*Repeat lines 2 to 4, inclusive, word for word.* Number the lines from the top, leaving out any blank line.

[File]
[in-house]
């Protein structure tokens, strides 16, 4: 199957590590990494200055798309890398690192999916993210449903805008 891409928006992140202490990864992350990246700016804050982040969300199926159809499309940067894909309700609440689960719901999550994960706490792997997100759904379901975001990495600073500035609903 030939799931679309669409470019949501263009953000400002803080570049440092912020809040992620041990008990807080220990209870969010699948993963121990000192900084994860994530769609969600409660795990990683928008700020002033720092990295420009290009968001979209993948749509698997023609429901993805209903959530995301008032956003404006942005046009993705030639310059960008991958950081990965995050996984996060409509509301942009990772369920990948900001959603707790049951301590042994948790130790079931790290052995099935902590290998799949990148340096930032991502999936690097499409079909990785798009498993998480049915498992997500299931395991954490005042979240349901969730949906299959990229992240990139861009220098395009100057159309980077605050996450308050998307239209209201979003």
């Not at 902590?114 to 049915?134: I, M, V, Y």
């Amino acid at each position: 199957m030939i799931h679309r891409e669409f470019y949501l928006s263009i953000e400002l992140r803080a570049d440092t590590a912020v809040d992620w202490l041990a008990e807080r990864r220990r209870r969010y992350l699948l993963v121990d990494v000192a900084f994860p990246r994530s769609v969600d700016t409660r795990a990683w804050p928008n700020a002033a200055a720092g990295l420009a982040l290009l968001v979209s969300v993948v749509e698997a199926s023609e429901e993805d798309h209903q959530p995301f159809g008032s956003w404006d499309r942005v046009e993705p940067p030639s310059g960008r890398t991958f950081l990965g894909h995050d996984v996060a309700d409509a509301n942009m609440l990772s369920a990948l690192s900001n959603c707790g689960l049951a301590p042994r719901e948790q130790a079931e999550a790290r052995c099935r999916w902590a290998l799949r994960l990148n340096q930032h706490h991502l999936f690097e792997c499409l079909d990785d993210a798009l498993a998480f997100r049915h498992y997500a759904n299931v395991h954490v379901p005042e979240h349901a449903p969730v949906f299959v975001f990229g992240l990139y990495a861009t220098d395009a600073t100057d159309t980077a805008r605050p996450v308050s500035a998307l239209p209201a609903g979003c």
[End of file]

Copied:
């Protein structure tokens, strides 16, 4: 199957590590990494200055798309890398690192999916993210449903805008 891409928006992140202490990864992350990246700016804050982040969300199926159809499309940067894909309700609440689960719901999550994960706490792997997100759904379901975001990495600073500035609903 030939799931679309669409470019949501263009953000400002803080570049440092912020809040992620041990008990807080220990209870969010699948993963121990000192900084994860994530769609969600409660795990990683928008700020002033720092990295420009290009968001979209993948749509698997023609429901993805209903959530995301008032956003404006942005046009993705030639310059960008991958950081990965995050996984996060409509509301942009990772369920990948900001959603707790049951301590042994948790130790079931790290052995099935902590290998799949990148340096930032991502999936690097499409079909990785798009498993998480049915498992997500299931395991954490005042979240349901969730949906299959990229992240990139861009220098395009100057159309980077605050996450308050998307239209209201979003």
């Not at 902590?114 to 049915?134: I, M, V, Y």
């Amino acid at each position: 199957m030939i799931h679309r891409e669409f470019y949501l928006s263009i953000e400002l992140r803080a570049d440092t590590a912020v809040d992620w202490l041990a008990e807080r990864r220990r209870r969010y992350l699948l993963v121990d990494v000192a900084f994860p990246r994530s769609v969600d700016t409660r795990a990683w804050p928008n700020a002033a200055a720092g990295l420009a982040l290009l968001v979209s969300v993948v749509e698997a199926s023609e429901e993805d798309h209903q959530p995301f159809g008032s956003w404006d499309r942005v046009e993705p940067p030639s310059g960008r890398t991958f950081l990965g894909h995050d996984v996060a309700d409509a509301n942009m609440l990772s369920a990948l690192s900001n959603c707790g689960l049951a301590p042994r719901e948790q130790a079931e999550a790290r052995c099935r999916w902590a290998l799949r994960l990148n340096q930032h706490h991502l999936f690097e792997c499409l079909d990785d993210a798009l498993a998480f997100r049915h498992y997500a759904n299931v395991h954490v379901p005042e979240h349901a449903p969730v949906f299959v975001f990229g992240l990139y990495a861009t220098d395009a600073t100057d159309t980077a805008r605050p996450v308050s500035a998307l239209p209201a609903g979003c």